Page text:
“We sincerely hope that those who view this exhibit will experience a common bond with those who are depicted,” Ucerler said, “and allow themselves to be transported to these faraway communities so that they can learn something from their visual witness.”
According to organizers, in addition to Chen’s appearance, other events will be held in conjunction with the exhibition, and the “On the Road” volume is available at a discounted price.
“On the Road: The Catholic Faith in China” is co-sponsored by the Ricci Institute and Boston College Libraries, with funding from the EDS-Stewart Endowment for the Study of Chinese-Western Cultural History at the Ricci Institute.
This article originally appeared on Boston College’s website and is reprinted here with permission.
Posted on 09/24/2023 11:30 AM (CNA Daily News)
Vatican City, Sep 24, 2023 / 07:30 am (CNA).
Pope Francis said Sunday that regardless of one’s stage of life, it is never too late to receive God’s love.
Speaking in his Angelus address on Sept. 24, the pope said that God is seeking us out at every hour of the day and that his “bighearted” love for us is not based on our merits.
“This is how God is: He does not wait for our efforts to come to us,” Francis said. “He does not give up if we are late in responding to him. On the contrary, he himself has taken the initiative and through Jesus came to us to show us his love.”
“And he seeks us at all hours of the day, which, as St. Gregory the Great states, represent the different stages and seasons of our life up to old age (cf. Homilies on the Gospel, 19).”
“For his heart, it is never too late; he is always looking for us and waiting for us.”
The pope spoke from the window of the Apostolic Palace overlooking St. Peter’s Square one day after he gave a strong condemnation of euthanasia on his return flight from Marseille in southern France, saying there is such a thing as “bad compassion.”
Pope Francis spent two days in the French city, where he spoke at a meeting of young people and bishops called Mediterranean Encounter with a message that the deepening migrant crisis unfolding in the Mediterranean is “a reality of our times” that calls for wisdom and a collaborative response from European nations.
“Dear brothers and sisters, today we celebrate World Migrant and Refugee Day, under the theme ‘free to choose whether to migrate or to stay,’ as a reminder that migrating should be a free choice and never the only one possible,” he said on Sunday.
Reflecting on his trip to France, Pope Francis said that the challenge of creating communities that can welcome and integrate migrants was “at the heart” of the Mediterranean Encounter event.
“It is necessary that every man and every woman be guaranteed the opportunity to live a dignified life, in the society in which they find themselves. Unfortunately, misery, wars, and climate crisis force so many people to flee,” he said.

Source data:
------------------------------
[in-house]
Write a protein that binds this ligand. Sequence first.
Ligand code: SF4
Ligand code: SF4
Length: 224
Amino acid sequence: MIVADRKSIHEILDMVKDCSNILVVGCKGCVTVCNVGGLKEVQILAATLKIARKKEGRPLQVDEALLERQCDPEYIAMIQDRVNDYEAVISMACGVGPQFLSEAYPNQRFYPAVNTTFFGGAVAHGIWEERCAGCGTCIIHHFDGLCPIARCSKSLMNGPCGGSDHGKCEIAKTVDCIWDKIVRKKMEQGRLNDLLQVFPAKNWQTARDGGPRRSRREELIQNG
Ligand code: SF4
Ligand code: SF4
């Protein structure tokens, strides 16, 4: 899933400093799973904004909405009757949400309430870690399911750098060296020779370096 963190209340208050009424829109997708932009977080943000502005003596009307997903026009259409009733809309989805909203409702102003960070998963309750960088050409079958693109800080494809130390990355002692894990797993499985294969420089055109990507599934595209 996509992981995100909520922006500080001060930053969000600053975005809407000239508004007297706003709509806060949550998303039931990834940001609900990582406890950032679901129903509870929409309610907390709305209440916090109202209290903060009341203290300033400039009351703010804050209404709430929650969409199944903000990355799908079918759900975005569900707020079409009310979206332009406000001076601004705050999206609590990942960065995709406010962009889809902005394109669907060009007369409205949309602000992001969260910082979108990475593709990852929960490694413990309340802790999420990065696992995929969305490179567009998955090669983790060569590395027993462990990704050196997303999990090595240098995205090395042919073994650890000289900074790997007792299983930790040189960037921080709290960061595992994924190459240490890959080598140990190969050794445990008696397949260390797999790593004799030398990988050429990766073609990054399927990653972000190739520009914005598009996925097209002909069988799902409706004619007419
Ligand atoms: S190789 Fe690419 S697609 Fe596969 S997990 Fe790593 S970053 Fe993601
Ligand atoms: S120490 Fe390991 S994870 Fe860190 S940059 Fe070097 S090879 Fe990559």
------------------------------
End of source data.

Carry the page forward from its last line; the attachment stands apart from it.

“Therefore, we are all called to create communities ready and open to welcome, promote, accompany, and integrate those who knock on our doors.”
Pope Francis also offered thanks to the Italian bishops’ conference for its efforts to assist migrants in Italy.
In his Angelus message, Pope Francis reflected on Jesus’ parable in the Gospel of Matthew about a landowner who gives all of his laborers the full daily wage, even those who were employed late in the day and worked only one hour.
The pope noted that the “ultimate meaning of the parable” is that of “God’s superior justice.”
“Human justice says to ‘give to each his own according to what he deserves,’ while God’s justice does not measure love on the scales of our returns, our performance, or our failures: God just loves us, he loves us because we are his children, and he does so with an unconditional and gratuitous love,” Pope Francis said.
“Brothers and sisters, sometimes we risk having a ‘mercantile’ relationship with God, focusing more on our own skill than on the generosity of his grace,” he said. “Sometimes even in the Church, instead of going out at all hours of the day and extending our arms to all, we can feel like the first in our class, judging others far away, without thinking that God loves them too with the same love he has for us.”
After praying the Angelus prayer in Latin with the crowd, Pope Francis extended an invitation to all to attend an ecumenical prayer vigil in St. Peter’s Square on Saturday, Sept. 30, to pray for the upcoming Synod on Synodality assembly.
“May Our Lady help us to convert to God’s measure: that of a love without measure,” he said.
Posted on 09/24/2023 11:00 AM (CNA Daily News)
CNA Staff, Sep 24, 2023 / 07:00 am (CNA).
Before leaving on a pilgrimage to Poland earlier this month, Father Michael Niemczak wanted to solicit prayer intentions to bring with him. The U.S. priest with Polish roots was heading overseas to attend the Sept. 10 beatification of the Ulma family, the first time an entire family has been advanced toward sainthood together.
So Niemczak created a simple Google form where anyone, anywhere, could submit a prayer intention to bring with him to Poland. He ended up getting more than he bargained for.
Thanks in part to the publicity provided by a CNA story about Niemczak ahead of his trip, the priest found himself with 1,137 intentions to pray, sent in by Catholics from around the world.
Niemczak, a priest of the Archdiocese of Santa Fe, New Mexico, and coordinator of propaedeutic formation at Mount Angel Seminary in Oregon, is a relative of the Ulma family; his great-grandfather, Jan Niemczak, was a cousin to Wiktoria Ulma, the matriarch.